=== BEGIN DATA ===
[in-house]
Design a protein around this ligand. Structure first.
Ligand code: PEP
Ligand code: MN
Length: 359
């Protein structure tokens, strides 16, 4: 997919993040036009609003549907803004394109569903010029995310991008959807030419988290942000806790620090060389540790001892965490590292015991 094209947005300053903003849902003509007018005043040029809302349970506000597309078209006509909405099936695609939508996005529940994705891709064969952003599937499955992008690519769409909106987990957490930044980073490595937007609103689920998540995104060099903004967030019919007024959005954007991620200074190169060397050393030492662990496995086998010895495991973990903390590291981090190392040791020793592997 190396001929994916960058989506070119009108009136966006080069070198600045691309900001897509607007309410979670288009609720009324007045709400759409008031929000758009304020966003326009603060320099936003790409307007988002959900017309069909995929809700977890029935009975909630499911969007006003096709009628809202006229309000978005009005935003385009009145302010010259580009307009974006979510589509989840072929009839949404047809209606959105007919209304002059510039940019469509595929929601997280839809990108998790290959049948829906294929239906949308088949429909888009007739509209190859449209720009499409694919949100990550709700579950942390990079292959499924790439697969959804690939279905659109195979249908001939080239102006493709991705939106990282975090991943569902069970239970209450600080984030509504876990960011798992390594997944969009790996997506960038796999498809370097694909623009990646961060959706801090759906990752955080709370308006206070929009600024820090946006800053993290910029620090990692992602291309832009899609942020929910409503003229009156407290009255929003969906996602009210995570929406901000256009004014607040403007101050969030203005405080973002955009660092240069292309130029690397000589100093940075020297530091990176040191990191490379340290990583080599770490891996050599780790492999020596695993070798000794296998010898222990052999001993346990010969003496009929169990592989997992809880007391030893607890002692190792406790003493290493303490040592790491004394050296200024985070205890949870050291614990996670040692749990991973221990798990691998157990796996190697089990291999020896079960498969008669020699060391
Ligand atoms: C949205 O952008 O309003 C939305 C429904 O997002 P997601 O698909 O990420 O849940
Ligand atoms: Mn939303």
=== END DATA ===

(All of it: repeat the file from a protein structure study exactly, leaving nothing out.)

[in-house]
Design a protein around this ligand. Structure first.
Ligand code: PEP
Ligand code: MN
Length: 359
């Protein structure tokens, strides 16, 4: 997919993040036009609003549907803004394109569903010029995310991008959807030419988290942000806790620090060389540790001892965490590292015991 094209947005300053903003849902003509007018005043040029809302349970506000597309078209006509909405099936695609939508996005529940994705891709064969952003599937499955992008690519769409909106987990957490930044980073490595937007609103689920998540995104060099903004967030019919007024959005954007991620200074190169060397050393030492662990496995086998010895495991973990903390590291981090190392040791020793592997 190396001929994916960058989506070119009108009136966006080069070198600045691309900001897509607007309410979670288009609720009324007045709400759409008031929000758009304020966003326009603060320099936003790409307007988002959900017309069909995929809700977890029935009975909630499911969007006003096709009628809202006229309000978005009005935003385009009145302010010259580009307009974006979510589509989840072929009839949404047809209606959105007919209304002059510039940019469509595929929601997280839809990108998790290959049948829906294929239906949308088949429909888009007739509209190859449209720009499409694919949100990550709700579950942390990079292959499924790439697969959804690939279905659109195979249908001939080239102006493709991705939106990282975090991943569902069970239970209450600080984030509504876990960011798992390594997944969009790996997506960038796999498809370097694909623009990646961060959706801090759906990752955080709370308006206070929009600024820090946006800053993290910029620090990692992602291309832009899609942020929910409503003229009156407290009255929003969906996602009210995570929406901000256009004014607040403007101050969030203005405080973002955009660092240069292309130029690397000589100093940075020297530091990176040191990191490379340290990583080599770490891996050599780790492999020596695993070798000794296998010898222990052999001993346990010969003496009929169990592989997992809880007391030893607890002692190792406790003493290493303490040592790491004394050296200024985070205890949870050291614990996670040692749990991973221990798990691998157990796996190697089990291999020896079960498969008669020699060391
Ligand atoms: C949205 O952008 O309003 C939305 C429904 O997002 P997601 O698909 O990420 O849940
Ligand atoms: Mn939303």